Next month, students from Campbell River secondary schools will walk the stage in what is one of the single most important moments of their young lives: graduation.
The stresses of the celebration include plans for prom, final exams, and the entry into post-secondary school life, whether entering college or university or even getting into the work force full-time.
Now imagine that experience if you’re from another country.
Carihi student Kosei Sakai knows all about entering a different arena. A native of Tokyo, the 18-year-old Grade 12 student first learned of becoming an international student at his school in Japan. He admits he was absolutely nervous when first hearing about Canada.
“All I thought about when I heard ‘Canada’ was nature,” said Sakai. “That, and I knew the country, the size of it was very big.”
Coming to Campbell River as a fresh-faced teenager, Sakai said he much preferred the Rivercity over going to a larger city, such as Vancouver.
“I decided to come here, at the end of Grade 9,” said Sakai. “I was thinking about coming here, or maybe Vancouver. But I decided here. There’s too many international students in Vancouver. I thought maybe I wouldn’t speak English as much and speak more Japanese if I was in a big city like that.”
Settling on Campbell River, his first experiences with Canadian students and culture was drastically different from what he experienced back home, especially during hours he wasn’t at school.
“It was a different culture,” said Sakai. “I would get into a lot of trouble with my host family. When I was home, my mother was doing everything for me. But now I had different responsibilities. I had to do chores, like wash my plate after dinner and things like that. It was so different.”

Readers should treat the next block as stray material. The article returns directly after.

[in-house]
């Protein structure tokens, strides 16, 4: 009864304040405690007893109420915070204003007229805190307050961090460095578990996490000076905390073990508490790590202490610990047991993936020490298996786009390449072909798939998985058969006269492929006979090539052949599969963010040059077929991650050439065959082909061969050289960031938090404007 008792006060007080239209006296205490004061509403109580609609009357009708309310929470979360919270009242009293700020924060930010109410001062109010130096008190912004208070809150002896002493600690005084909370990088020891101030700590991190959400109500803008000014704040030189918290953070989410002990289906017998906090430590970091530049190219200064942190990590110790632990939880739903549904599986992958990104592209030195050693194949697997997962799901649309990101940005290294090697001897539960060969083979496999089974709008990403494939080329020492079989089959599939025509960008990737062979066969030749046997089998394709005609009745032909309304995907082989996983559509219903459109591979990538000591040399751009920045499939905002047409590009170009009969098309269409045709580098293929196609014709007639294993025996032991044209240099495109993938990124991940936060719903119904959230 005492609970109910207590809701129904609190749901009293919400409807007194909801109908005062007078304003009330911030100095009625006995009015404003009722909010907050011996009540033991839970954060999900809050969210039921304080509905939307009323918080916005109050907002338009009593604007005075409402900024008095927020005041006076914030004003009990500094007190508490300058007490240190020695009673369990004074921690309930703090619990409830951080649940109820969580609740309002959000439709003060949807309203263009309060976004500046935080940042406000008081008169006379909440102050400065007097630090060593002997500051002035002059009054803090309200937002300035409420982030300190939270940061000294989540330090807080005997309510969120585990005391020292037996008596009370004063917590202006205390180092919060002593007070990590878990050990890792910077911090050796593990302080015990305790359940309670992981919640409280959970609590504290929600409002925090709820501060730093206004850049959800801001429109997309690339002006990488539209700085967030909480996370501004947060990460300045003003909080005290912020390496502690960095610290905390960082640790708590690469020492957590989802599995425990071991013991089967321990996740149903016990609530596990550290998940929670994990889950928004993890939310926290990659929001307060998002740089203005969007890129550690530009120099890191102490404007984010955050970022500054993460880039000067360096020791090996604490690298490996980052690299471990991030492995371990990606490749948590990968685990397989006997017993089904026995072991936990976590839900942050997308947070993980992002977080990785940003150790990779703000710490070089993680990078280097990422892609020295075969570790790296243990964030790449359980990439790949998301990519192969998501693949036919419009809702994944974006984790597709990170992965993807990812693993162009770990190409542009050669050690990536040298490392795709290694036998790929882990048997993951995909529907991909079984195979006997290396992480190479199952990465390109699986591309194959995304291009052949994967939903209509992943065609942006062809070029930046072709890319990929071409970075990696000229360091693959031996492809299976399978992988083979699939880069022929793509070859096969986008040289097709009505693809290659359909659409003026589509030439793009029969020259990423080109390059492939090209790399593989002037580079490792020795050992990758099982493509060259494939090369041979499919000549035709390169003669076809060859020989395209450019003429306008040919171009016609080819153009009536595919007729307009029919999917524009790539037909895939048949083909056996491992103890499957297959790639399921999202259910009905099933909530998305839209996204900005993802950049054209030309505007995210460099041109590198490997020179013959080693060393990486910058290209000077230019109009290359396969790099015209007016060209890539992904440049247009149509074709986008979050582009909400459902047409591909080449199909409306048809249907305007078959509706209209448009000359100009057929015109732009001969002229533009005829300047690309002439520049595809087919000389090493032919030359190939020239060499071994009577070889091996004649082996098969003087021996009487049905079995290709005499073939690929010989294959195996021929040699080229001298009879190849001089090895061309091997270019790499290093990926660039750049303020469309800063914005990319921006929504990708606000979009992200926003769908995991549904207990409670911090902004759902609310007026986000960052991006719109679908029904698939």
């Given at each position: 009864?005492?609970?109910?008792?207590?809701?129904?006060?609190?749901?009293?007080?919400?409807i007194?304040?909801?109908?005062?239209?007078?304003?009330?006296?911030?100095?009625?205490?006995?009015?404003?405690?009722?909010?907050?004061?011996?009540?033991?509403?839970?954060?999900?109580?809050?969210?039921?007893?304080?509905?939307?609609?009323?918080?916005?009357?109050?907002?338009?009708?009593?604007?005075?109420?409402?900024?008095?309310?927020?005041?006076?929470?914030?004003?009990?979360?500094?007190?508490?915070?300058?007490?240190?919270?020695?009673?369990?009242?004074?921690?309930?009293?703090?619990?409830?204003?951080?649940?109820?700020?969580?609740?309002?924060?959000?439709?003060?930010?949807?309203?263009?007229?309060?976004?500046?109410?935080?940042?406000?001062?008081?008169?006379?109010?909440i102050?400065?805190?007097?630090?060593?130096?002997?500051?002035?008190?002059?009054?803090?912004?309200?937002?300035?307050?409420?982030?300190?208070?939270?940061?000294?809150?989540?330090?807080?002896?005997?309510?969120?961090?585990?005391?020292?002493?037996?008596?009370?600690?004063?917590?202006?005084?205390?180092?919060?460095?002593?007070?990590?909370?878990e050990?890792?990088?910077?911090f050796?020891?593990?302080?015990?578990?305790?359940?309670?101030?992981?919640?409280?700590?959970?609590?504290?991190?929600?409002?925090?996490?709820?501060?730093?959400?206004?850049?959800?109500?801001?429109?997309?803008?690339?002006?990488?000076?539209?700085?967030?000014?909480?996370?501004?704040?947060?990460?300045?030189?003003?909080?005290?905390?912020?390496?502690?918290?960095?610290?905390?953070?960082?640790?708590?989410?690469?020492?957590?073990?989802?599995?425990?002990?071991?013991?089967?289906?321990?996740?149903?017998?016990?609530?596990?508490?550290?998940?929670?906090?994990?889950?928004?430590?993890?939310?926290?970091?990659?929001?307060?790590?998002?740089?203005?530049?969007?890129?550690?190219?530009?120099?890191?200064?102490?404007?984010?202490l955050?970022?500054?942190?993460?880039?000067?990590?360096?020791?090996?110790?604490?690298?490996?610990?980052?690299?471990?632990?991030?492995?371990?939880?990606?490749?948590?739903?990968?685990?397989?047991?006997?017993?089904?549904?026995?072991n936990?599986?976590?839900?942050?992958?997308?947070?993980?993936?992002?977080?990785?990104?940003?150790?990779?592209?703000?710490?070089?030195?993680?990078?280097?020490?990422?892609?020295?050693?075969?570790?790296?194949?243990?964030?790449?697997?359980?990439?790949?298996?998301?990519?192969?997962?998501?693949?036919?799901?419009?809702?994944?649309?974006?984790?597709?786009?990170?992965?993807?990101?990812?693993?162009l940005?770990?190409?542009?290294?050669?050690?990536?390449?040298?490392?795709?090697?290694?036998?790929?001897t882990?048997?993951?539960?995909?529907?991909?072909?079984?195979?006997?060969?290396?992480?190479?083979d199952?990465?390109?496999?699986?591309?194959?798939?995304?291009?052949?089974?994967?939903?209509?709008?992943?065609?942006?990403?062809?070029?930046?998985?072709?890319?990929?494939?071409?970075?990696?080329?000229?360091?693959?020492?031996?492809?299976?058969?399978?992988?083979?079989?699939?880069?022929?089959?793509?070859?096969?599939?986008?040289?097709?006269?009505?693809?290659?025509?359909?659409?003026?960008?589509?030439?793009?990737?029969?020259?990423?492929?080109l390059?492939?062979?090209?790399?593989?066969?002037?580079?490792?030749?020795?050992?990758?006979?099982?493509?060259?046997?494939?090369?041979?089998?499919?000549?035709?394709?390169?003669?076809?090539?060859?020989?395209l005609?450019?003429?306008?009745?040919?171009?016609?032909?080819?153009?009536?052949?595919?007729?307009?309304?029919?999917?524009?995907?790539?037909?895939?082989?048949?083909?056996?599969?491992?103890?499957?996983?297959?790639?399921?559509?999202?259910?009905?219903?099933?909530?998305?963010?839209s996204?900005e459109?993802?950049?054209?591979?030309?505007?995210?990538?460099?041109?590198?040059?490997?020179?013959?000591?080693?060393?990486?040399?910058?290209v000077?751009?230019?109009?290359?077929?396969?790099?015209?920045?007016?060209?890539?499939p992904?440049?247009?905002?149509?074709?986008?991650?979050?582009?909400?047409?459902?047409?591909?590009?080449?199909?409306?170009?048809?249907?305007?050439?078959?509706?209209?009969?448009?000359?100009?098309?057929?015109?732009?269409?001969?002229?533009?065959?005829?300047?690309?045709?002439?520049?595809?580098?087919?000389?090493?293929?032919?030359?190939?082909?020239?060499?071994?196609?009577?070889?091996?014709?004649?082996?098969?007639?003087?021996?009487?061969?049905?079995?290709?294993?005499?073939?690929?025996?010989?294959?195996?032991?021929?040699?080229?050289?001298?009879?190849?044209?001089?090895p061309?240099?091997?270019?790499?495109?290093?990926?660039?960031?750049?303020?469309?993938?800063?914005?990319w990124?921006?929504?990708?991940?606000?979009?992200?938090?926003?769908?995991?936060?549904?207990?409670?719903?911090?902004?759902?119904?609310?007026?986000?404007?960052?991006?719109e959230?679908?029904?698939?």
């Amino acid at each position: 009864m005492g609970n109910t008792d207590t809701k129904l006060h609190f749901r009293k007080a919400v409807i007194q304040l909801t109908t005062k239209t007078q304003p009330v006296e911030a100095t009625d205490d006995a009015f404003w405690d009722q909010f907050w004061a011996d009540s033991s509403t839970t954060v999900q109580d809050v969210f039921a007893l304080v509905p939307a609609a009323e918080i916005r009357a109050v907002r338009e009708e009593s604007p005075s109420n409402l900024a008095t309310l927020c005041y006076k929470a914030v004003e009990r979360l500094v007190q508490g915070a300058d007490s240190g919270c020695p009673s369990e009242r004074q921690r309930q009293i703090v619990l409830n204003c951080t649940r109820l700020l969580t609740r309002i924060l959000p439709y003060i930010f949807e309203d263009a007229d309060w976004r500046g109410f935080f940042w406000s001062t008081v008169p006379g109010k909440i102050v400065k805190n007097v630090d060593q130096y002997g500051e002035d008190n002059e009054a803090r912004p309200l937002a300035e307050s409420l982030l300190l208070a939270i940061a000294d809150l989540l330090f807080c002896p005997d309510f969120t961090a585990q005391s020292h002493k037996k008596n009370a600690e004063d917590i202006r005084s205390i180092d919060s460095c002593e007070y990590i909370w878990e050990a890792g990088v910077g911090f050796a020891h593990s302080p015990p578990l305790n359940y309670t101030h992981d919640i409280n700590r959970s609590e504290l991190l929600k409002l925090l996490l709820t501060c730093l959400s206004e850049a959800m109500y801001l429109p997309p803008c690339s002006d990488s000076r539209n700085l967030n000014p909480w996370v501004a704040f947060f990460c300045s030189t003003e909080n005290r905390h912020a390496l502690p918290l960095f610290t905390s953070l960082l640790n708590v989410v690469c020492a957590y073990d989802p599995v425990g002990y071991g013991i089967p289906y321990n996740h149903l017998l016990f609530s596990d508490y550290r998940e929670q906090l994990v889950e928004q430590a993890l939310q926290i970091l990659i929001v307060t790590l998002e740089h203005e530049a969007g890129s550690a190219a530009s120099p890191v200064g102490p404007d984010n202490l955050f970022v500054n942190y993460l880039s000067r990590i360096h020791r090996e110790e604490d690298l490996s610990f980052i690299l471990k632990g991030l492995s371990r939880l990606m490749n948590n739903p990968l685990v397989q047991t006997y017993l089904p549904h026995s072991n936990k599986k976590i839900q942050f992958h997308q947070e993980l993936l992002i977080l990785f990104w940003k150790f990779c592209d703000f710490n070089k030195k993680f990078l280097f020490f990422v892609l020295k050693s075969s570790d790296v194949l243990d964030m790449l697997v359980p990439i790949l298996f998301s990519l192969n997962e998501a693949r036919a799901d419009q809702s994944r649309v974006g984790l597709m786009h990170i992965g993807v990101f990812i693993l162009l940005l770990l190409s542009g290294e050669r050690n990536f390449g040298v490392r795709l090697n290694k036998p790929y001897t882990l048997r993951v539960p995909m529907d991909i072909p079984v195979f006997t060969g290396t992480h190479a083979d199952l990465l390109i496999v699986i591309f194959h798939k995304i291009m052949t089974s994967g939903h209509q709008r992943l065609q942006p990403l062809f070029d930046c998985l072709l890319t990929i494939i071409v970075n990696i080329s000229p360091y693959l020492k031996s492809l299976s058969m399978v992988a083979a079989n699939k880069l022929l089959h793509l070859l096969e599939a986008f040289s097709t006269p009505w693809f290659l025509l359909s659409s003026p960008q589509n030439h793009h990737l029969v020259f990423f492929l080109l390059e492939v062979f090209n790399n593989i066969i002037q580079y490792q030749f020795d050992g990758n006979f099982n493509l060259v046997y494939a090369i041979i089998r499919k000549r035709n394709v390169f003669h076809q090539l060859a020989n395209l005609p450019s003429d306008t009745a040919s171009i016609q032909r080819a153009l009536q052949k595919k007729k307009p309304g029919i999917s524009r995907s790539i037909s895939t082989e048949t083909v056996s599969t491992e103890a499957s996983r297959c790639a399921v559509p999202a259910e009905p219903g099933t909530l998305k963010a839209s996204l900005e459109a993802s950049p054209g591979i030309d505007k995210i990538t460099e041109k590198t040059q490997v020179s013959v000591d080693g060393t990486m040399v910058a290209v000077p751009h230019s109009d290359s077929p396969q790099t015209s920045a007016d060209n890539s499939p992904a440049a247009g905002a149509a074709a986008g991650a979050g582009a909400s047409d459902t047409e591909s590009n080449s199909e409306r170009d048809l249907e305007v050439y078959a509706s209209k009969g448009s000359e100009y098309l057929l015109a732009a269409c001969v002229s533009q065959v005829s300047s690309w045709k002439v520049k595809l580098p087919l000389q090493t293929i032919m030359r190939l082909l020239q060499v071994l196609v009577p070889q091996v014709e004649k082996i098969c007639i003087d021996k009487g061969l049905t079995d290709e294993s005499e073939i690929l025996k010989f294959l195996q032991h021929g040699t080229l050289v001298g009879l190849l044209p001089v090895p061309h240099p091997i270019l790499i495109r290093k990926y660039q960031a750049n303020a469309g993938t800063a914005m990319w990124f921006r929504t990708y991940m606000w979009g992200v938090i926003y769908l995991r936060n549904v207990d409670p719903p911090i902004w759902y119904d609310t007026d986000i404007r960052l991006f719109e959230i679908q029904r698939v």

Initially, Sakai was only supposed to stay for six months. Then, the COVID pandemic hit, stopping the world and shutting the door on a potential return home. Sakai decided then that he would stay in Canada and continue his studies.
He said schoolwork, especially compared to the structured education in Japan, was challenging.
“It was hard. I was so nervous about saying something wrong,” said Sakai. “I was nervous that students would make fun of me. But everybody was kind and Japanese people, we’re very shy. We don’t talk a lot. But here, everybody was so open-minded and talked a lot and was very caring. In Japan, when school is finished, the teachers will stay. But here, teachers stay, but I wasn’t used to going home from school in 15 minutes.”
Sakai not only stayed in Canada, but thrived. Sakai even played on the Carihi boys basketball team as a point guard.
“I always just played for fun,” said Sakai of basketball. “I didn’t take it serious. We didn’t have a team the first year I was here because of COVID, but working with the coaches’ help. I’m going to keep practicing with my coaches.”
With his graduation only a few short days away, Sakai is thinking of something else entirely — his mother and grandmother will be attending, and he says there is mixed emotions as he hasn’t seen them in three years.
“I’m nervous, but I’m also happy, obviously,” said Sakai. “I’ll be happy to see them. I feel like in this three years I’ve had to become more independent than I had before. I have confidence in who I am now, I feel like I am a better person.”
The Carihi graduation ceremony is scheduled for June 28, at 4 p.m. at Strathcona Gardens.